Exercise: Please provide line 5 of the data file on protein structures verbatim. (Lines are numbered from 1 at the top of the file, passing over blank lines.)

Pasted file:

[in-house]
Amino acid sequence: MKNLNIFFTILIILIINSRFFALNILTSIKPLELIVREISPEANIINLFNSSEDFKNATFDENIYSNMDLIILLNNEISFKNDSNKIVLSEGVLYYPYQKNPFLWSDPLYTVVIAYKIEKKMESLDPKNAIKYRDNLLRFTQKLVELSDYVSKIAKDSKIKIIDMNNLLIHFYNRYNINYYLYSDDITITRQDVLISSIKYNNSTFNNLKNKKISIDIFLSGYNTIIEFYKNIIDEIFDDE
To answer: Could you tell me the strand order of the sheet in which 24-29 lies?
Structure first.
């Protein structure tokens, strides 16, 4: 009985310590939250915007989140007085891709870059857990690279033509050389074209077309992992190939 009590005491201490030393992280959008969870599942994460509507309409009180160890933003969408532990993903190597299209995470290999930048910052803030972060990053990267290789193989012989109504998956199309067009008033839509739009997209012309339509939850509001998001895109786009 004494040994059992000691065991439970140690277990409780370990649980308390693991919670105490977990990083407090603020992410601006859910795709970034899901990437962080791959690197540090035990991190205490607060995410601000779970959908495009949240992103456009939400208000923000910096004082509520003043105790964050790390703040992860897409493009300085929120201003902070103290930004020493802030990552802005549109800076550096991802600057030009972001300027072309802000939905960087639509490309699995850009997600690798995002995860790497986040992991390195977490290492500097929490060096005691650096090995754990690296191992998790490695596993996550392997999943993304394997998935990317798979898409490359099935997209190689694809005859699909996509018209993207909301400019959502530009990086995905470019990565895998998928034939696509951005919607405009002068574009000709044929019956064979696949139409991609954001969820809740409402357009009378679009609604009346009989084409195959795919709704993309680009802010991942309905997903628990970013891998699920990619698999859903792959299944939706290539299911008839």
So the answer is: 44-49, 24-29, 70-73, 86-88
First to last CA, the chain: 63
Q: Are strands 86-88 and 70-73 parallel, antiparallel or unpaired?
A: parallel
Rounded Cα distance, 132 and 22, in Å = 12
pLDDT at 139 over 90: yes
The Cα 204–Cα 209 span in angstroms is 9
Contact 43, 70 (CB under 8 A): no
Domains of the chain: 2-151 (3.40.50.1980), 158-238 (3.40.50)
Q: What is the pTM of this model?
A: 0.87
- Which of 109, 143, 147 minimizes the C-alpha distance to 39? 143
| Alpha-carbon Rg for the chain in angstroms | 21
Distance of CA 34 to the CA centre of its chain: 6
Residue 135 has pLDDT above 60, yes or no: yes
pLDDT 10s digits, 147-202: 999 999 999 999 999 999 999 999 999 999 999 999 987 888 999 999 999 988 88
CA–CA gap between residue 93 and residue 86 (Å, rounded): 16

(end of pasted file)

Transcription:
């Protein structure tokens, strides 16, 4: 009985310590939250915007989140007085891709870059857990690279033509050389074209077309992992190939 009590005491201490030393992280959008969870599942994460509507309409009180160890933003969408532990993903190597299209995470290999930048910052803030972060990053990267290789193989012989109504998956199309067009008033839509739009997209012309339509939850509001998001895109786009 004494040994059992000691065991439970140690277990409780370990649980308390693991919670105490977990990083407090603020992410601006859910795709970034899901990437962080791959690197540090035990991190205490607060995410601000779970959908495009949240992103456009939400208000923000910096004082509520003043105790964050790390703040992860897409493009300085929120201003902070103290930004020493802030990552802005549109800076550096991802600057030009972001300027072309802000939905960087639509490309699995850009997600690798995002995860790497986040992991390195977490290492500097929490060096005691650096090995754990690296191992998790490695596993996550392997999943993304394997998935990317798979898409490359099935997209190689694809005859699909996509018209993207909301400019959502530009990086995905470019990565895998998928034939696509951005919607405009002068574009000709044929019956064979696949139409991609954001969820809740409402357009009378679009609604009346009989084409195959795919709704993309680009802010991942309905997903628990970013891998699920990619698999859903792959299944939706290539299911008839």